Ekstedt: Well, of course it’s a little stressful, because diners at our latitudes base their expectations on those places. I have the advantage of being a little older – René Redzepi worked at my restaurant, in fact. So I was lucky enough to have made a name for myself already before all that hype broke out. My food was always very technique-focused, whereas at Noma the emphasis was more on the product. All the same, though, Noma was an unbelievable inspiration, and without it I probably never would have opened Ekstedt.
You didn’t just make a name for yourself through your restaurant, though – you’re also known as a TV chef. How important is that combination?
Ekstedt: I think of television as a very personal medium, a way for me to travel around the world meeting interesting people and finding a lot of new sources of inspiration. It’s also a welcome change of pace – it gives me a break from day-to-day restaurant life. Of course, it turned me into kind of a celebrity chef in Sweden, so I didn’t have to worry about customers or Michelin stars or reviews. On the other hand, people’s expectations are on a whole different level when it comes to chefs they know from television – and the TV personality isn’t the same person as the guy in the restaurant. Filming takes up a lot of time as well, which makes the restaurant side of things a little more difficult, because competition in Stockholm is merciless. The city has a lot of excellent restaurants; again and again, you see really good places going out of business.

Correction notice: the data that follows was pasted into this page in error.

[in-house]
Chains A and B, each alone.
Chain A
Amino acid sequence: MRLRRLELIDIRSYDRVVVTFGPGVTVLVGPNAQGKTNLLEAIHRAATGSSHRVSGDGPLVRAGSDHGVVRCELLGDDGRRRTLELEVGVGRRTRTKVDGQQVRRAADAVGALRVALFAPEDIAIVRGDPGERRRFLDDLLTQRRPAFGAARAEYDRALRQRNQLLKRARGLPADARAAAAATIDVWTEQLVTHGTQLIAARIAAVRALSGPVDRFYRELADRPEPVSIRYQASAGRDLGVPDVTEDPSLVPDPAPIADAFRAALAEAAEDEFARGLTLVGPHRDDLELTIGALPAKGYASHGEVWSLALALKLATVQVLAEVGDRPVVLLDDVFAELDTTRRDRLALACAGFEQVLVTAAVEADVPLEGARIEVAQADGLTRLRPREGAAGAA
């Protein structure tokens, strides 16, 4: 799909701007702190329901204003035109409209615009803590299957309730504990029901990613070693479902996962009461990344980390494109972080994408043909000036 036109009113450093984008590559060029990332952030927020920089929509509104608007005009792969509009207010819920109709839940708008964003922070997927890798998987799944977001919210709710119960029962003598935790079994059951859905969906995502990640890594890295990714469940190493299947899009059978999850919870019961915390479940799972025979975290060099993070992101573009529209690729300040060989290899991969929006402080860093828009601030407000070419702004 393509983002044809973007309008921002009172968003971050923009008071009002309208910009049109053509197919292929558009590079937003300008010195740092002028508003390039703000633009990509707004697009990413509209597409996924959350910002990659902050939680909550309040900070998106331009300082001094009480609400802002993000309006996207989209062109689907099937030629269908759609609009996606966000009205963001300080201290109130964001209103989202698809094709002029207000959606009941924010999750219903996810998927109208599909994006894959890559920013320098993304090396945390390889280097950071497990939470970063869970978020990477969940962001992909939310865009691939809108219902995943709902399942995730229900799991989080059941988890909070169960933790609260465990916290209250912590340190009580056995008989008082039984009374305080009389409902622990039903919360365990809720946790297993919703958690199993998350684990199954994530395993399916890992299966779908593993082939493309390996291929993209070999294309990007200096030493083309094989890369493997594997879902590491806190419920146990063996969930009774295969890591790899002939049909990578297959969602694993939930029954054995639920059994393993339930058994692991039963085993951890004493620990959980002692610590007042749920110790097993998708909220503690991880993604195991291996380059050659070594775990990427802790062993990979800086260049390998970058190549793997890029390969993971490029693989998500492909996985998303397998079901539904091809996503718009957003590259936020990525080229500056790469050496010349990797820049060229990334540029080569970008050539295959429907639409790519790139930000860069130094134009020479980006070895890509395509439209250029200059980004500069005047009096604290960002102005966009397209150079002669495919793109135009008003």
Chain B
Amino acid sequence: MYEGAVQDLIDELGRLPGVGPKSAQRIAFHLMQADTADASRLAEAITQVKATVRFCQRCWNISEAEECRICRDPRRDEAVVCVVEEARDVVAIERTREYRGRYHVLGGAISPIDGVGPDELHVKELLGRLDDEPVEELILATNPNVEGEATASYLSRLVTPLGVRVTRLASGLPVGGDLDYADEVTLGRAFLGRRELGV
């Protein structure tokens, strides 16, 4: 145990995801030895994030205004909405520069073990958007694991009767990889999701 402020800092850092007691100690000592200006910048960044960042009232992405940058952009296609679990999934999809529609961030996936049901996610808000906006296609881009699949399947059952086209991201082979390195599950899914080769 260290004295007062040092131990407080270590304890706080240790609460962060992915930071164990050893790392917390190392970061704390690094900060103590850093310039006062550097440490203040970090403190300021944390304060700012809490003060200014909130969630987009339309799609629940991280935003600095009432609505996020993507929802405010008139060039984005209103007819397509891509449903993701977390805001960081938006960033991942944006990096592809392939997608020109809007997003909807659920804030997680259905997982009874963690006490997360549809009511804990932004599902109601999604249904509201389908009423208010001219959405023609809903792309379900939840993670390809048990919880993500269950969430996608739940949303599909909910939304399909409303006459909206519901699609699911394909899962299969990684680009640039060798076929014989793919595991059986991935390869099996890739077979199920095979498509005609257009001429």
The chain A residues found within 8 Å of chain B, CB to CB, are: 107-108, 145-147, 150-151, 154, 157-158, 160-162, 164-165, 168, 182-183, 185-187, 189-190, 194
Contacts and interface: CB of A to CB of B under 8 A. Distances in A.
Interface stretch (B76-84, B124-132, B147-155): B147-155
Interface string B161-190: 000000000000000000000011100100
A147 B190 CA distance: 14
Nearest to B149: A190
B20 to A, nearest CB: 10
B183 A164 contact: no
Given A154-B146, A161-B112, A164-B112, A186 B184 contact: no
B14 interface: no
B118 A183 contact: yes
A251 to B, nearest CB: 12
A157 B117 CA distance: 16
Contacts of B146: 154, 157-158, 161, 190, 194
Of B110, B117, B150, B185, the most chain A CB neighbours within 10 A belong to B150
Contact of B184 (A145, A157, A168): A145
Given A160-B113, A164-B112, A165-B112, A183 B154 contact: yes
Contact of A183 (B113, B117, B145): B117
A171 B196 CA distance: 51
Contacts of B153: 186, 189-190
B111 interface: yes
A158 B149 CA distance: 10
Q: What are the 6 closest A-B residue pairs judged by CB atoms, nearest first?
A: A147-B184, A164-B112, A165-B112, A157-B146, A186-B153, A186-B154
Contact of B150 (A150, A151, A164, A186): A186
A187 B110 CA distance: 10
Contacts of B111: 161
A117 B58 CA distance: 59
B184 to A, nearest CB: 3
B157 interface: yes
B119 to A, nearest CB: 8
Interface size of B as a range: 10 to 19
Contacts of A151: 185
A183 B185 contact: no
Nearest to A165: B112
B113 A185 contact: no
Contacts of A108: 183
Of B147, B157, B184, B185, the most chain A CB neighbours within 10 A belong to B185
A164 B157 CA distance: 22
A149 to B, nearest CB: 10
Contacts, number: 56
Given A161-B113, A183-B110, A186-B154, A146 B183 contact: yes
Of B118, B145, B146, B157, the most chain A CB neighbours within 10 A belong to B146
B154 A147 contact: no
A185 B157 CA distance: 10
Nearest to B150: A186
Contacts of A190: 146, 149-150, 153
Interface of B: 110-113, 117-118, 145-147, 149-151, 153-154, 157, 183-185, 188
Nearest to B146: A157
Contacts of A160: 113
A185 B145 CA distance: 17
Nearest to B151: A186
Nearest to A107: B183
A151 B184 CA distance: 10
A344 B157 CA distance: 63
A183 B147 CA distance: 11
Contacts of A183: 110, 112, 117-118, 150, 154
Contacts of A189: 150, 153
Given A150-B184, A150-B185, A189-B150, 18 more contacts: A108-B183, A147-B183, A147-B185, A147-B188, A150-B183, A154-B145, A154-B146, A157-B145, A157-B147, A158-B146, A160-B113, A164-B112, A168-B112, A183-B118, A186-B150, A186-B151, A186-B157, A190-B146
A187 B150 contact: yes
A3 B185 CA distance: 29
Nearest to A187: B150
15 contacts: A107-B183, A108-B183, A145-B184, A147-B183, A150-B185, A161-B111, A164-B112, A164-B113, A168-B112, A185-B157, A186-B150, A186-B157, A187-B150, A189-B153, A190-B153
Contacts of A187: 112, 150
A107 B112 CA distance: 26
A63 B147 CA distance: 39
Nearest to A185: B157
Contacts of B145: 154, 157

Why is that?
Ekstedt: The national and international market is very fast-paced, and it requires people to have a wide range of skills, particularly young people. The restaurant world is fairly unique in terms of forcing creative types to think about business profitability as well. Painters have gallery owners who exhibit and sell their work; musicians have managers to handle the business end of things. Gastronomy has gotten so competitive that a lot of excellent chefs are being hampered in their creativity – they can no longer focus on what’s important, which is cooking. Plus chefs just simply aren’t trained in business administration, they don’t have any experience in that area. I’ve been very lucky in that regard, because I’ve always had people around me to help with business questions.